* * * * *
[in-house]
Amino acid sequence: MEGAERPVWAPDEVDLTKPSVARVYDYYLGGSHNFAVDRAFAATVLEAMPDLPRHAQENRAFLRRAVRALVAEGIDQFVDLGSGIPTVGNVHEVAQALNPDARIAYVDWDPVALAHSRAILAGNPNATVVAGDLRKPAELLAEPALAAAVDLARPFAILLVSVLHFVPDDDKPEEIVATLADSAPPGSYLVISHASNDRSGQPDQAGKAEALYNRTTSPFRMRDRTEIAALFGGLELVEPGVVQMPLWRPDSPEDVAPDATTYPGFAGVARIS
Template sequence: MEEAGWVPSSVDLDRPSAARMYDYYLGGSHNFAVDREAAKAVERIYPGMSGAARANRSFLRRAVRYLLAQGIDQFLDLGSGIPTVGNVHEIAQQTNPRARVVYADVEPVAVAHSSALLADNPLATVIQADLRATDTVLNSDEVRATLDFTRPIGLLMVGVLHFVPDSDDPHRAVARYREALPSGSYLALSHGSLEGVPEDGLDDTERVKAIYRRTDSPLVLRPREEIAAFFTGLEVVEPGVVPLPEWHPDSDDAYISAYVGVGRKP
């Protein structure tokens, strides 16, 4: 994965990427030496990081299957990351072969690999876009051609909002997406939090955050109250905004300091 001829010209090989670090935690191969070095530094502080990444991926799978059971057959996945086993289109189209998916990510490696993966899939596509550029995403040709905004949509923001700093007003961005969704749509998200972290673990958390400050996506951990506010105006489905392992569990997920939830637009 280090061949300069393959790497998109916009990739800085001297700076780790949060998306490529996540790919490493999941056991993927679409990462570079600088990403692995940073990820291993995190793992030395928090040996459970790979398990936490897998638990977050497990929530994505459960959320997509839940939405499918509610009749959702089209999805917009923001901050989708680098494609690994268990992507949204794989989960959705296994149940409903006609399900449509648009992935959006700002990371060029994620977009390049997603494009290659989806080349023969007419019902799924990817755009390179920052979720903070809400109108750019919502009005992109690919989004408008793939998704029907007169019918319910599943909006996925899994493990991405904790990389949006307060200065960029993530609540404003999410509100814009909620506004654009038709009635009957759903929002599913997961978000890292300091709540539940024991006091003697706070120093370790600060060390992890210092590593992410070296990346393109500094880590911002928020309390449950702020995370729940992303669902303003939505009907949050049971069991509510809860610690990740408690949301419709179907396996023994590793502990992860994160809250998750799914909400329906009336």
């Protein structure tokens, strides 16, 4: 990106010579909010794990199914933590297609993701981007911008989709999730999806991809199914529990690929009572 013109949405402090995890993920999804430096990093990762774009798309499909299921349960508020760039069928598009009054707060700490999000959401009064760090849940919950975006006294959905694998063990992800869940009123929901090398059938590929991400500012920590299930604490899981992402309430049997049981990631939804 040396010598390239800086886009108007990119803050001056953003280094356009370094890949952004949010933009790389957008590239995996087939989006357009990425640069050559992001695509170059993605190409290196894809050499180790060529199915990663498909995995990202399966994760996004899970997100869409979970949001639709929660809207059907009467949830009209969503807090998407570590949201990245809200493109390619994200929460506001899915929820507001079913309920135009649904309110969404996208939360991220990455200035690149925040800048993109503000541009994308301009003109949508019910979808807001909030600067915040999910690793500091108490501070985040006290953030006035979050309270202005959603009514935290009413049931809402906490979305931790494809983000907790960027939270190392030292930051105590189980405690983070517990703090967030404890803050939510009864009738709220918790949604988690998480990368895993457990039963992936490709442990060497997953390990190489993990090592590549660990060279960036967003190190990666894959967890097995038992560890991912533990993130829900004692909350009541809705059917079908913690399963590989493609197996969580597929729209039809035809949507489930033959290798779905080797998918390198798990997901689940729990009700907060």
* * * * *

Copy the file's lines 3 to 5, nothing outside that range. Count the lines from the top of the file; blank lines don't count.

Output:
Template sequence: MEEAGWVPSSVDLDRPSAARMYDYYLGGSHNFAVDREAAKAVERIYPGMSGAARANRSFLRRAVRYLLAQGIDQFLDLGSGIPTVGNVHEIAQQTNPRARVVYADVEPVAVAHSSALLADNPLATVIQADLRATDTVLNSDEVRATLDFTRPIGLLMVGVLHFVPDSDDPHRAVARYREALPSGSYLALSHGSLEGVPEDGLDDTERVKAIYRRTDSPLVLRPREEIAAFFTGLEVVEPGVVPLPEWHPDSDDAYISAYVGVGRKP
């Protein structure tokens, strides 16, 4: 994965990427030496990081299957990351072969690999876009051609909002997406939090955050109250905004300091 001829010209090989670090935690191969070095530094502080990444991926799978059971057959996945086993289109189209998916990510490696993966899939596509550029995403040709905004949509923001700093007003961005969704749509998200972290673990958390400050996506951990506010105006489905392992569990997920939830637009 280090061949300069393959790497998109916009990739800085001297700076780790949060998306490529996540790919490493999941056991993927679409990462570079600088990403692995940073990820291993995190793992030395928090040996459970790979398990936490897998638990977050497990929530994505459960959320997509839940939405499918509610009749959702089209999805917009923001901050989708680098494609690994268990992507949204794989989960959705296994149940409903006609399900449509648009992935959006700002990371060029994620977009390049997603494009290659989806080349023969007419019902799924990817755009390179920052979720903070809400109108750019919502009005992109690919989004408008793939998704029907007169019918319910599943909006996925899994493990991405904790990389949006307060200065960029993530609540404003999410509100814009909620506004654009038709009635009957759903929002599913997961978000890292300091709540539940024991006091003697706070120093370790600060060390992890210092590593992410070296990346393109500094880590911002928020309390449950702020995370729940992303669902303003939505009907949050049971069991509510809860610690990740408690949301419709179907396996023994590793502990992860994160809250998750799914909400329906009336």
């Protein structure tokens, strides 16, 4: 990106010579909010794990199914933590297609993701981007911008989709999730999806991809199914529990690929009572 013109949405402090995890993920999804430096990093990762774009798309499909299921349960508020760039069928598009009054707060700490999000959401009064760090849940919950975006006294959905694998063990992800869940009123929901090398059938590929991400500012920590299930604490899981992402309430049997049981990631939804 040396010598390239800086886009108007990119803050001056953003280094356009370094890949952004949010933009790389957008590239995996087939989006357009990425640069050559992001695509170059993605190409290196894809050499180790060529199915990663498909995995990202399966994760996004899970997100869409979970949001639709929660809207059907009467949830009209969503807090998407570590949201990245809200493109390619994200929460506001899915929820507001079913309920135009649904309110969404996208939360991220990455200035690149925040800048993109503000541009994308301009003109949508019910979808807001909030600067915040999910690793500091108490501070985040006290953030006035979050309270202005959603009514935290009413049931809402906490979305931790494809983000907790960027939270190392030292930051105590189980405690983070517990703090967030404890803050939510009864009738709220918790949604988690998480990368895993457990039963992936490709442990060497997953390990190489993990090592590549660990060279960036967003190190990666894959967890097995038992560890991912533990993130829900004692909350009541809705059917079908913690399963590989493609197996969580597929729209039809035809949507489930033959290798779905080797998918390198798990997901689940729990009700907060």